I’ve started building my second hexapod, Bajdupod 996R. The 996R part of the name comes from the servos I’m using, I bought 30 Towardpro MG996R servos on Ebay many months ago. I only need 18 for this hexapod so I have some spare servos. Always a good idea, I destroyed several servos while building my previous hexapod.
I was originally planning on designing the hexapod myself. But then I found a Chinese made hexapod kit on Ebay, I couldn’t make the parts for the price of the kit so…
The kit only included the parts shown in the picture above. All the parts are made from low quality aluminum. I was a bit surprised when the kit arrived. The chassis was a bit smaller then I expected. But maybe that’s not so bad, the bigger/heavier the hexapod the more strain on the servos. My first hexapod was a bit problematic in that regard. This time I have chosen to use some more powerful servos, the MG996R servos have +10kg/cm of torque. I hope they are strong enough.
To power 18 MG996R servos you need a strong battery. So I bought a big 3S 3000mAh Lipo battery. The servos work at a maximum voltage of 6-7V so I needed a big voltage regulator, I chose to use 2 8A UBECs. These UBECs use switching regulators and they seem to work better at higher voltages. That’s why I chose a 3S Lipo instead of a 2S. I soldered some connectors and a fuse to a big switch (bought from Tayda Electronics) to hook up the UBECs and Lipo battery. This is the result:
To connect the power from the 2 UBECs to the servos I have designed a small PCB (50mm x 50mm). I had it made by Seeed Studio. I has enough pins to connect 24 servos. And it has some spare pins so I can use also power other things from the board. The power traces on the board are very wide (100mils) as 18 servos will draw quite a bit of current. I put 2 big electrolytic caps (2200µF) and 4 0,1µF ceramic capacitors on the board. UBECs can produce quite a bit of electric noise. I hope the capacitors will minimize that.
After getting all the parts it was time to put them together. I needed a lot of M3 screws to connect all the brackets and servos. Luckily I have a big stock of M3 screws in various lengths. It took me several hours to put all the parts together.
I have currently mounted an Arduino Mega 2560 with a sensor shield on the top chassis plate. I’ve connected all the servos to my servo board. Then I used a strip of flat cable with Dupont connectors to connect the servo board with the Arduino Mega 2560. The Mega has its own power supply, a small 2S lipo battery. You can control 48 servos with the Arduino servo library on an Arduino Mega. I may change the Arduino Mega for one of my self designed boards and use my Torobot 32 channel serial servo controller.
My goal is to program the robot using inverse kinematics. I found a good explanation on this website. It’s the best information I have found so far. Still it will be quite a challenge to program the hexapod and make a smooth walking gait for it. I hope to remote control it through a couple of wireless nRF24L01 modules.
8 responses to “Building another hexapod: Bajdupod 996R”
Hi, your build is looking almost exactly the same way i would like to go. Would you be able to post a link to the body kit that you got? also, how are you finding the MG996R servos? some reviews have questioned their precision, have you done any testing with them yet?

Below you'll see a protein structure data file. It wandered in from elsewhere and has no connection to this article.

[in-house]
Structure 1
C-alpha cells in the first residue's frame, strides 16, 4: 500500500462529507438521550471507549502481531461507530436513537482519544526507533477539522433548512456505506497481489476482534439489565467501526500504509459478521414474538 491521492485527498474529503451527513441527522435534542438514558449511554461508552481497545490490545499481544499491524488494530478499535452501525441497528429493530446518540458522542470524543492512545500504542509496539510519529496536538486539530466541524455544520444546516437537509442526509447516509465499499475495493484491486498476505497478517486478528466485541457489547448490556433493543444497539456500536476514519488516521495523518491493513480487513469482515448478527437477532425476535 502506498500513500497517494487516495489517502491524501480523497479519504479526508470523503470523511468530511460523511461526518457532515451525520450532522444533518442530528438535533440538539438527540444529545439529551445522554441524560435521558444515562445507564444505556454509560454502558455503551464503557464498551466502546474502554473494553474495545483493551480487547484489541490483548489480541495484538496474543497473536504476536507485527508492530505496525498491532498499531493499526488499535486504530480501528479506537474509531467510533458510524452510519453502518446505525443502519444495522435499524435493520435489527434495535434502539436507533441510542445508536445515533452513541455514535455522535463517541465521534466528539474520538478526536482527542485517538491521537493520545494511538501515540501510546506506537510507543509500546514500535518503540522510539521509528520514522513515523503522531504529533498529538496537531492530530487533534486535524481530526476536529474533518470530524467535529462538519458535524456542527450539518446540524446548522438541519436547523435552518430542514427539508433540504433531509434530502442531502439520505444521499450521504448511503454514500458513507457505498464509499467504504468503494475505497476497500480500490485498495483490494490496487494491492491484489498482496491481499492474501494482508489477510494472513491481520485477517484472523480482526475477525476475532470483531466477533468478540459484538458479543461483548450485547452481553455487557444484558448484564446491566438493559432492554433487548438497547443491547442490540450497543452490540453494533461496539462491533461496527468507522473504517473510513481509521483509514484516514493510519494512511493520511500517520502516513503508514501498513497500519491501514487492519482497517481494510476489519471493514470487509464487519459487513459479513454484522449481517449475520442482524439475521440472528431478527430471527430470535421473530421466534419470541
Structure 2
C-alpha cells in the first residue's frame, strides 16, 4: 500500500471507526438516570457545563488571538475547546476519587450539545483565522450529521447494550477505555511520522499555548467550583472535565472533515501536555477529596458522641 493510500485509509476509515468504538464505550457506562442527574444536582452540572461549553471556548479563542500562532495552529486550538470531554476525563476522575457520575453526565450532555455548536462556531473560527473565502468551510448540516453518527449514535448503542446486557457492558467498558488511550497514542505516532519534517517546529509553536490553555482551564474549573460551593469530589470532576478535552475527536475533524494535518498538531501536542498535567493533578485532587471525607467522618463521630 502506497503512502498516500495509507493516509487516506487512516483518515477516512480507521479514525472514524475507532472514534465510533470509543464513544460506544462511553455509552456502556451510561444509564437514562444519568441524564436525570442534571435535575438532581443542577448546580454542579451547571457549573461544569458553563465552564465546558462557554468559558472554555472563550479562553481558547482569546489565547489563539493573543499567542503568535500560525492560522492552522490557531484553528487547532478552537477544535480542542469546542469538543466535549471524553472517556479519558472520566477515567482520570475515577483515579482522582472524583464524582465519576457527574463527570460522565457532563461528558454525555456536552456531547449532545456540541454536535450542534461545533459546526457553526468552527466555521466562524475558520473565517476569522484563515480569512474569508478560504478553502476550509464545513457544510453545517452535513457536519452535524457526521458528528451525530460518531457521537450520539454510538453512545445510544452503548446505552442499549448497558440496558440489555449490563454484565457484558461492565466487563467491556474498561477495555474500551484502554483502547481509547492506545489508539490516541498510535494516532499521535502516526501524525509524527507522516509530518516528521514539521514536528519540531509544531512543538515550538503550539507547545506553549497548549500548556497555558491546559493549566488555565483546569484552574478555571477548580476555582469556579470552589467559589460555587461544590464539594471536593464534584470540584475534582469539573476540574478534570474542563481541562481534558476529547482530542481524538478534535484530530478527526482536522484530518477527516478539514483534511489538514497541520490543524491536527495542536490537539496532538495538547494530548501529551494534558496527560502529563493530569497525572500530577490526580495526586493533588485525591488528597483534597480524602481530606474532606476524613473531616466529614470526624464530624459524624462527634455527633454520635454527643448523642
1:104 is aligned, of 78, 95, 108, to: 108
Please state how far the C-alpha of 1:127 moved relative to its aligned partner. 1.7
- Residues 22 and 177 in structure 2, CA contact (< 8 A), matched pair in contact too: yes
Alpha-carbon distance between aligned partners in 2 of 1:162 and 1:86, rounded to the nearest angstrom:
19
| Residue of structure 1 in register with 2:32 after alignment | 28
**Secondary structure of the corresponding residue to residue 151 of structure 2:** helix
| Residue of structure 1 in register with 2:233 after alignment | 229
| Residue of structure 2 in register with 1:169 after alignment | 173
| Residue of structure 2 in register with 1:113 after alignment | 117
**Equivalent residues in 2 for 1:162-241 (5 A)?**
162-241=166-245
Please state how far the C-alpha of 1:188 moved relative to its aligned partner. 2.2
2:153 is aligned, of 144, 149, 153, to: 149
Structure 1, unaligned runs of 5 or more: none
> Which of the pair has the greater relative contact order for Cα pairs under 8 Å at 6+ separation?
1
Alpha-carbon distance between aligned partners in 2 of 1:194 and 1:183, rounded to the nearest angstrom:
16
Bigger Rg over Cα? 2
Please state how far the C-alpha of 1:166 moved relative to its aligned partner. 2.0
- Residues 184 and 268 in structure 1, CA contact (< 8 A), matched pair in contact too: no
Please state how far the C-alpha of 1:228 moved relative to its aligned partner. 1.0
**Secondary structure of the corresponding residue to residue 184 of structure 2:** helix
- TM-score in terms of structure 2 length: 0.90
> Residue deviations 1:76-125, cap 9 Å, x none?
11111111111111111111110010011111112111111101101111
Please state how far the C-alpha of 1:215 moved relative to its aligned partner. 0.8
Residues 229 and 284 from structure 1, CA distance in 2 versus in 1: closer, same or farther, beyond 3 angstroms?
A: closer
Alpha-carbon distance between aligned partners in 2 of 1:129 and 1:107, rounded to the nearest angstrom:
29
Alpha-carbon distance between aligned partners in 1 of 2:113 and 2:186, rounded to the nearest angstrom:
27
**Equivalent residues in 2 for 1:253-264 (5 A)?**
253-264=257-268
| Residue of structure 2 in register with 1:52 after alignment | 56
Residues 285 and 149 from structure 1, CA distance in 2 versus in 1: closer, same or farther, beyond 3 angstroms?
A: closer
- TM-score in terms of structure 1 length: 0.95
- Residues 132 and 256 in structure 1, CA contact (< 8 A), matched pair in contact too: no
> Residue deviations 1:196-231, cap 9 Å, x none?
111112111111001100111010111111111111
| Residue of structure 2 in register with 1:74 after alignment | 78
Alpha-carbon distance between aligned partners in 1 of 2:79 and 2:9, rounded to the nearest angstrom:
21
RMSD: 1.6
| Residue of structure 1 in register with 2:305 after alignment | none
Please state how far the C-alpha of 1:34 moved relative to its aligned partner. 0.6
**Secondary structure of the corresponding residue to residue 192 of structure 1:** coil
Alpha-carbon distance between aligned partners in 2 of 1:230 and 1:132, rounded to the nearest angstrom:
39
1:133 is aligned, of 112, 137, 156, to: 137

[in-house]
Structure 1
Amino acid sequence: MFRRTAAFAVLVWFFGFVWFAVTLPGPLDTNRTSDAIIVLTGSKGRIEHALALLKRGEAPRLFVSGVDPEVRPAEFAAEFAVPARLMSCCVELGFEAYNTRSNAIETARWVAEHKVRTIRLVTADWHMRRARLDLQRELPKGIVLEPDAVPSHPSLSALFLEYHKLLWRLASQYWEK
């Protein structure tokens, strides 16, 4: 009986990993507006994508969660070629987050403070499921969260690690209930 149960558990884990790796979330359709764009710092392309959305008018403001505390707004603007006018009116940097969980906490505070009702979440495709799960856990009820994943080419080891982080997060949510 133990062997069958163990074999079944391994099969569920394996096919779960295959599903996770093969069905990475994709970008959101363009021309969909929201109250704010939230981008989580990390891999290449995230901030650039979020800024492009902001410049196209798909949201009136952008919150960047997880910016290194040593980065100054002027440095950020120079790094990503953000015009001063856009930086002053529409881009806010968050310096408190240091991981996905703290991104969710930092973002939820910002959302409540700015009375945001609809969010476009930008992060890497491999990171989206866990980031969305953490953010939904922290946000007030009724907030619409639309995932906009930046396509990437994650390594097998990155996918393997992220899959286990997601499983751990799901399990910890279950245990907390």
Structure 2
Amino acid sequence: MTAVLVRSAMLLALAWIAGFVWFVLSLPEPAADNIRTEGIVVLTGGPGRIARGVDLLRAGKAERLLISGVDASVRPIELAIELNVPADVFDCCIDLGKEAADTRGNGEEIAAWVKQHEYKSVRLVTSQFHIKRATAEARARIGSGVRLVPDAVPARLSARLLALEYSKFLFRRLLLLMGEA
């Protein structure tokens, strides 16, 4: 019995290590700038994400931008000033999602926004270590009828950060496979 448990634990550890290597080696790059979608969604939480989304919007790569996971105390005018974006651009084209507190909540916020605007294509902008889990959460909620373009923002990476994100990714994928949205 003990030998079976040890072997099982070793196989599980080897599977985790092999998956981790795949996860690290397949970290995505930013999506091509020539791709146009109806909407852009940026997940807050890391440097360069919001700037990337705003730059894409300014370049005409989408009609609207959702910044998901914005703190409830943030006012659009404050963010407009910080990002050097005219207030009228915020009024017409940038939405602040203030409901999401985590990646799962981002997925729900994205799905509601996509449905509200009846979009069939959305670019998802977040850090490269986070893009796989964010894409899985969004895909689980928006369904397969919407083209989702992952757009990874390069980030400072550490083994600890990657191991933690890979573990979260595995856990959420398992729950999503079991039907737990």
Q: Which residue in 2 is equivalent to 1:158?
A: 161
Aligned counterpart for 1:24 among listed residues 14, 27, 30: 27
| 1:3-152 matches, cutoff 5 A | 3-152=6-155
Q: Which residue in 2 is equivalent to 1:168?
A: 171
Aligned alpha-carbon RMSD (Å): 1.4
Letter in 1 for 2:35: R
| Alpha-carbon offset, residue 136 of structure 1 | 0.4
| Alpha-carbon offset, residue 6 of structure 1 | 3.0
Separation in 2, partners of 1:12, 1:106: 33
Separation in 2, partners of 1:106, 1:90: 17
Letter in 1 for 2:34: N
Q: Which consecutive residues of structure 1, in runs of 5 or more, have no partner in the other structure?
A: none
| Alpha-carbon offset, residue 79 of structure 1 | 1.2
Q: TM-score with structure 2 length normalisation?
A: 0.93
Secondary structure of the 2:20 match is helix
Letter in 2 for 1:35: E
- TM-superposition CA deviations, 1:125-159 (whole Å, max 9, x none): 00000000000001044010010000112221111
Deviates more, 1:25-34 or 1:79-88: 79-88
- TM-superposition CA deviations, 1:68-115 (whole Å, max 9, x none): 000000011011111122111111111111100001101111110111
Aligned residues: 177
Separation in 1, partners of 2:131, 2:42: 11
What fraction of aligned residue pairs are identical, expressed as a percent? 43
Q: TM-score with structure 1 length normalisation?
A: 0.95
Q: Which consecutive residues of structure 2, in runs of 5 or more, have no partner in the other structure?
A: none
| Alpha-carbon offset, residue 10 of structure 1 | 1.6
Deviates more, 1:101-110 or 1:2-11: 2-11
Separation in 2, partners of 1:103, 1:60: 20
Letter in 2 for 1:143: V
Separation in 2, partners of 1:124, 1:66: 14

I found the kit on Ebay. Try searching for it in a week, because of Chinese new year a lot of sellers have taken their shops offline.
The hexapod hasn’t walked yet, I’m still working on the inverse kinematics code. The MG996R servos seem to be strong enough. But I’m unsure if the horns will be able to handle the weight/forces. I might replace them with metal horns. I have also read that these aren’t the most precise servos. But I don’t think the precision is an issue with a hexapod.
Hi, thanks for responding. i will look on Ebay. are you finding the plastic horns deflecting under load, or why do you think they maybe a problem? i have the same fears as well but thought that maybe with load distributed they would be ok. i have been looking for a economical supplier for the MG959 that have the aluminum body and horn right from tower pro to allay these fears..
Have you looked at the phoenix code from lynxmotion?
I’ve ordered metal horns a couple of days ago on Aliexpress. I don’t think the plastic ones are sturdy enough. I payed less then 5€ a piece for MG996R servos on Ebay.
I’ve looked at the Phoenix code but it’s not usable. It looks very complex and uses progmem. They have precalculated most of the math and put it in an array. I don’t think you can easily convert it to a hexapod with other dimensions.
I have finished the basic IK code, see my last post: http://www.bajdi.com/bajdupod-996r-trouble/
Please do not think that code from an other hexapod will work on yours. While the math is the same, you still have to convert the IK angles to servo angles.
Hi, ive got the same kit with, surprisingly, same servos and the boards. Atm having power issues, waiting for a new battery. Could you please explain a little more on how did you connected the servo board to the shield. Because im just connecting then to the shied itself and not sure if it can cause problems :/
Which “servo board”? If you mean the small self designed PCB above, it’s only purpose is to power the servos from different power supplies. I initially used 2 UBECs to power the servos, but they could not supply enough current. Read my other posts: http://www.bajdi.com/category/bajdupod-996r/
did you paralel the output of ubec? or one ubec for half of total your servos?
In the end I used 3 UBEC’s, each UBEC powers 6 servos. In the beginning I used 2 8A UBEC’s but they didn’t last long…